While some public concern has grown over the
sale of West Virginia's largest water utility
to a German conglomerate, analysts say
the state lacks laws to control its water
resources, according to an in-depth article yesterday in The Charleston Gazette.|
State Attorney General Darrell McGraw has said it is giving away the store.
West Virginia, so it seems, has no water-use statute.
Factories, farms or out-of-state water
companies aren't required to publicly
report how much water they draw from the state.
The article says no state agency keeps track of who
takes water from West Virginia's rivers,
streams and lakes, or polices how they
use the water, even when it goes to other states.
American Water Works, the parent
company of West Virginia-American
Water Company, announced last year it
would be sold to Thames Water of
England, a German-held company.
The sale was approved by the state
Public Service Commission in October, but Attorney General Darrell McGraw has continued to opposed the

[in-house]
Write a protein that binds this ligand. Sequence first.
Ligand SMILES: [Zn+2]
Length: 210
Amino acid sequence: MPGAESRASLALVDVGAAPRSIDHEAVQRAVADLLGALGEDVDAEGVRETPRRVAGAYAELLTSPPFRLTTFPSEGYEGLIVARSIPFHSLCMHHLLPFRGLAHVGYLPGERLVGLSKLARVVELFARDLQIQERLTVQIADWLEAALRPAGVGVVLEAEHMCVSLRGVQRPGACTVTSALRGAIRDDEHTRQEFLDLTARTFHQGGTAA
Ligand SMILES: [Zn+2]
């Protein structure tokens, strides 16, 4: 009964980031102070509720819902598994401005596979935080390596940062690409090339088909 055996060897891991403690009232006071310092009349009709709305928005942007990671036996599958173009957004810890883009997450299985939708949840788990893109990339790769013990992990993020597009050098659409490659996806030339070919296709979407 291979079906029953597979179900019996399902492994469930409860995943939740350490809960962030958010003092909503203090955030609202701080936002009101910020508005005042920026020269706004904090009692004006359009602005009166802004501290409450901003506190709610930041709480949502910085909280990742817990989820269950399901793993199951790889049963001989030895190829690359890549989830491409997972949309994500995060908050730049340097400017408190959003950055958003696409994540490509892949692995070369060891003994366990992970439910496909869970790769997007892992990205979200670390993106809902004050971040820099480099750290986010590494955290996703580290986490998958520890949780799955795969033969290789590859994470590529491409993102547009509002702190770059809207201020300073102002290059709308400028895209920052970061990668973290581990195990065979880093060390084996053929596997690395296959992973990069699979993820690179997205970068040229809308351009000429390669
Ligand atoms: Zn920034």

sale, although the decision appears to be final.
state is forfeiting control
over its water to a foreign company, and some water analysts say the decision is one that will affect water
distribution and sale for years to come.
To sell off the state's water, Thames would
need specific project approval, but it seems international trade agreements approved by the U. S. government
will take precedent in the sale.
Companies that don't supply water to
West Virginians can tap water supplies
with no government agency approval, is also an issue.
See "WEST VIRGINIA, AT THE BOTTOM, IS GIVING IT AWAY AGAIN" on 12/22/02 with a link to an in-depth
Charleston Gazette story